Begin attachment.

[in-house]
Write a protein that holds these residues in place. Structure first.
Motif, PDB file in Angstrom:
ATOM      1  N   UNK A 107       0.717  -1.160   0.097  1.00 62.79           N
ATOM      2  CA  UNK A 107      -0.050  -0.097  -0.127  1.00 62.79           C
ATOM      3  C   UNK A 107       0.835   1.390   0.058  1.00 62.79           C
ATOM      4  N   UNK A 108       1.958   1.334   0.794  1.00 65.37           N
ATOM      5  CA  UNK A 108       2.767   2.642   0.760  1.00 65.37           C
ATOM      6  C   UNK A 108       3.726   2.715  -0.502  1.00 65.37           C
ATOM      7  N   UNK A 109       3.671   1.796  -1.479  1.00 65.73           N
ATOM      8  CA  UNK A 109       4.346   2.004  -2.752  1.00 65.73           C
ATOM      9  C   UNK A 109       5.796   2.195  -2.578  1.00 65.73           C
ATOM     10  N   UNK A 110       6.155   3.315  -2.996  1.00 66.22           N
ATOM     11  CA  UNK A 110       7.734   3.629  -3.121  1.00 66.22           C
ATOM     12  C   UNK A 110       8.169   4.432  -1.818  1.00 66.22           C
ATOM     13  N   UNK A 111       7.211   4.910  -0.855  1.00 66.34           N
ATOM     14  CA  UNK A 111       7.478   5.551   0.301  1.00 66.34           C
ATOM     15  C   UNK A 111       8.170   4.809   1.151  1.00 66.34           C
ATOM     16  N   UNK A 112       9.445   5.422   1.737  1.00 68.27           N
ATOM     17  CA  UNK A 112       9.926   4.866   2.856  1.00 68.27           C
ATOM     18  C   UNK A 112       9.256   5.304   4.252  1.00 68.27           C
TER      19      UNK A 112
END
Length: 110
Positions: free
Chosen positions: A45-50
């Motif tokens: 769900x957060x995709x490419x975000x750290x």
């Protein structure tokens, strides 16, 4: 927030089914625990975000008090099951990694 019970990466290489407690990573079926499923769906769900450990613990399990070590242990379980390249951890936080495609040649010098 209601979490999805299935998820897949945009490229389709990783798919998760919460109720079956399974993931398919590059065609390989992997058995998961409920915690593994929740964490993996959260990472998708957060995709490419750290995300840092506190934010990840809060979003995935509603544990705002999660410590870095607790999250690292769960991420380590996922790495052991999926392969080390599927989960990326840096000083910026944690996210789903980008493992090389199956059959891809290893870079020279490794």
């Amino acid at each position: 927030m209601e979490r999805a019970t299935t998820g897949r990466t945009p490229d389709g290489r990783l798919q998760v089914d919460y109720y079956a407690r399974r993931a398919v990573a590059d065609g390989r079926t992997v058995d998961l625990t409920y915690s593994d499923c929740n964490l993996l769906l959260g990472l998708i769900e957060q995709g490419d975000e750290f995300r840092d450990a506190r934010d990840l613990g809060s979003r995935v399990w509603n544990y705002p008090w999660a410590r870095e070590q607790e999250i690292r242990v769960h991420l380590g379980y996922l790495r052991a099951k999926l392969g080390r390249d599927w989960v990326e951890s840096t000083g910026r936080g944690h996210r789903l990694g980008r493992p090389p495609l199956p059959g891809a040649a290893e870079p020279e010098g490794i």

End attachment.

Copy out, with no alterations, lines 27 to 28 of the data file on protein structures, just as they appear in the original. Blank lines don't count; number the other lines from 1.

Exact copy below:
């Motif tokens: 769900x957060x995709x490419x975000x750290x």
């Protein structure tokens, strides 16, 4: 927030089914625990975000008090099951990694 019970990466290489407690990573079926499923769906769900450990613990399990070590242990379980390249951890936080495609040649010098 209601979490999805299935998820897949945009490229389709990783798919998760919460109720079956399974993931398919590059065609390989992997058995998961409920915690593994929740964490993996959260990472998708957060995709490419750290995300840092506190934010990840809060979003995935509603544990705002999660410590870095607790999250690292769960991420380590996922790495052991999926392969080390599927989960990326840096000083910026944690996210789903980008493992090389199956059959891809290893870079020279490794």